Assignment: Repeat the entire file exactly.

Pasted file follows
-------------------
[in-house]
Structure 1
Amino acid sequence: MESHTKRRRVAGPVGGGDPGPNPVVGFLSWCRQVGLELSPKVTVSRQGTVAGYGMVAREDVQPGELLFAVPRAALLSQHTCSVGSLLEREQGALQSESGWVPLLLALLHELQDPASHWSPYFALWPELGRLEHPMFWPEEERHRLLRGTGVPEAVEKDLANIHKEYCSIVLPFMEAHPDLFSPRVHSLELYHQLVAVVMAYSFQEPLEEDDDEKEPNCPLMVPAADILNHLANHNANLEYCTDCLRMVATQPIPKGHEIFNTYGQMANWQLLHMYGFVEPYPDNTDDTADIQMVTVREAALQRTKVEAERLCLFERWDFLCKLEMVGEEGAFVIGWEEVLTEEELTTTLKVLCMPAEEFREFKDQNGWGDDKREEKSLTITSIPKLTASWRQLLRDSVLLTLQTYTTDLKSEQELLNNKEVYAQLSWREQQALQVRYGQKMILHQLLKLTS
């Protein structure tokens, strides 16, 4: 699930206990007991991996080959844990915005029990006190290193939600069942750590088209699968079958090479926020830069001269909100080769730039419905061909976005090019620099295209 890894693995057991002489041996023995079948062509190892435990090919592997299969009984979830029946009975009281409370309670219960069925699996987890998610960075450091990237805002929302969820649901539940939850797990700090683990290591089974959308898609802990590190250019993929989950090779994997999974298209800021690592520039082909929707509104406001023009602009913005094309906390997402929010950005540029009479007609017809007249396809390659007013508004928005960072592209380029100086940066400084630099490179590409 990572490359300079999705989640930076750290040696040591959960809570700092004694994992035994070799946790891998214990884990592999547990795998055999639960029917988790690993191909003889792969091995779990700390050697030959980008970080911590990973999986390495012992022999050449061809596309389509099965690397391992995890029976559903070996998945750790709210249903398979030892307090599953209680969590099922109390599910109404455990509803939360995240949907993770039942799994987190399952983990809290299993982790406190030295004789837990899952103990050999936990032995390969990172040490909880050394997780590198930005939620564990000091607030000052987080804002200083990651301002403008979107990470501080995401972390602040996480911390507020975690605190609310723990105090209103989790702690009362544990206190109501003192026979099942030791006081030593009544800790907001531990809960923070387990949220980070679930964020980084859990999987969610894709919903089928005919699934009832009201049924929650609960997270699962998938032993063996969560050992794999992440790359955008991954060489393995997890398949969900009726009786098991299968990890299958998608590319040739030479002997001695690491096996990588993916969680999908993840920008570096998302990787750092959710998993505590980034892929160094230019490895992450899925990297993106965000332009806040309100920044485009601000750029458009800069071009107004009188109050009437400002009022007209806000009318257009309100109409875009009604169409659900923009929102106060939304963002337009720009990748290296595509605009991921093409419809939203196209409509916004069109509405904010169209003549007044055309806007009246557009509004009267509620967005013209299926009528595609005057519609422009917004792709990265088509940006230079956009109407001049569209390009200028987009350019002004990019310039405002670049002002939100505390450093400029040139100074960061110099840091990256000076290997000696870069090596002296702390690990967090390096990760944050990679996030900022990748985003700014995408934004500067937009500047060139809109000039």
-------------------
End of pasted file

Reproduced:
[in-house]
Structure 1
Amino acid sequence: MESHTKRRRVAGPVGGGDPGPNPVVGFLSWCRQVGLELSPKVTVSRQGTVAGYGMVAREDVQPGELLFAVPRAALLSQHTCSVGSLLEREQGALQSESGWVPLLLALLHELQDPASHWSPYFALWPELGRLEHPMFWPEEERHRLLRGTGVPEAVEKDLANIHKEYCSIVLPFMEAHPDLFSPRVHSLELYHQLVAVVMAYSFQEPLEEDDDEKEPNCPLMVPAADILNHLANHNANLEYCTDCLRMVATQPIPKGHEIFNTYGQMANWQLLHMYGFVEPYPDNTDDTADIQMVTVREAALQRTKVEAERLCLFERWDFLCKLEMVGEEGAFVIGWEEVLTEEELTTTLKVLCMPAEEFREFKDQNGWGDDKREEKSLTITSIPKLTASWRQLLRDSVLLTLQTYTTDLKSEQELLNNKEVYAQLSWREQQALQVRYGQKMILHQLLKLTS
């Protein structure tokens, strides 16, 4: 699930206990007991991996080959844990915005029990006190290193939600069942750590088209699968079958090479926020830069001269909100080769730039419905061909976005090019620099295209 890894693995057991002489041996023995079948062509190892435990090919592997299969009984979830029946009975009281409370309670219960069925699996987890998610960075450091990237805002929302969820649901539940939850797990700090683990290591089974959308898609802990590190250019993929989950090779994997999974298209800021690592520039082909929707509104406001023009602009913005094309906390997402929010950005540029009479007609017809007249396809390659007013508004928005960072592209380029100086940066400084630099490179590409 990572490359300079999705989640930076750290040696040591959960809570700092004694994992035994070799946790891998214990884990592999547990795998055999639960029917988790690993191909003889792969091995779990700390050697030959980008970080911590990973999986390495012992022999050449061809596309389509099965690397391992995890029976559903070996998945750790709210249903398979030892307090599953209680969590099922109390599910109404455990509803939360995240949907993770039942799994987190399952983990809290299993982790406190030295004789837990899952103990050999936990032995390969990172040490909880050394997780590198930005939620564990000091607030000052987080804002200083990651301002403008979107990470501080995401972390602040996480911390507020975690605190609310723990105090209103989790702690009362544990206190109501003192026979099942030791006081030593009544800790907001531990809960923070387990949220980070679930964020980084859990999987969610894709919903089928005919699934009832009201049924929650609960997270699962998938032993063996969560050992794999992440790359955008991954060489393995997890398949969900009726009786098991299968990890299958998608590319040739030479002997001695690491096996990588993916969680999908993840920008570096998302990787750092959710998993505590980034892929160094230019490895992450899925990297993106965000332009806040309100920044485009601000750029458009800069071009107004009188109050009437400002009022007209806000009318257009309100109409875009009604169409659900923009929102106060939304963002337009720009990748290296595509605009991921093409419809939203196209409509916004069109509405904010169209003549007044055309806007009246557009509004009267509620967005013209299926009528595609005057519609422009917004792709990265088509940006230079956009109407001049569209390009200028987009350019002004990019310039405002670049002002939100505390450093400029040139100074960061110099840091990256000076290997000696870069090596002296702390690990967090390096990760944050990679996030900022990748985003700014995408934004500067937009500047060139809109000039």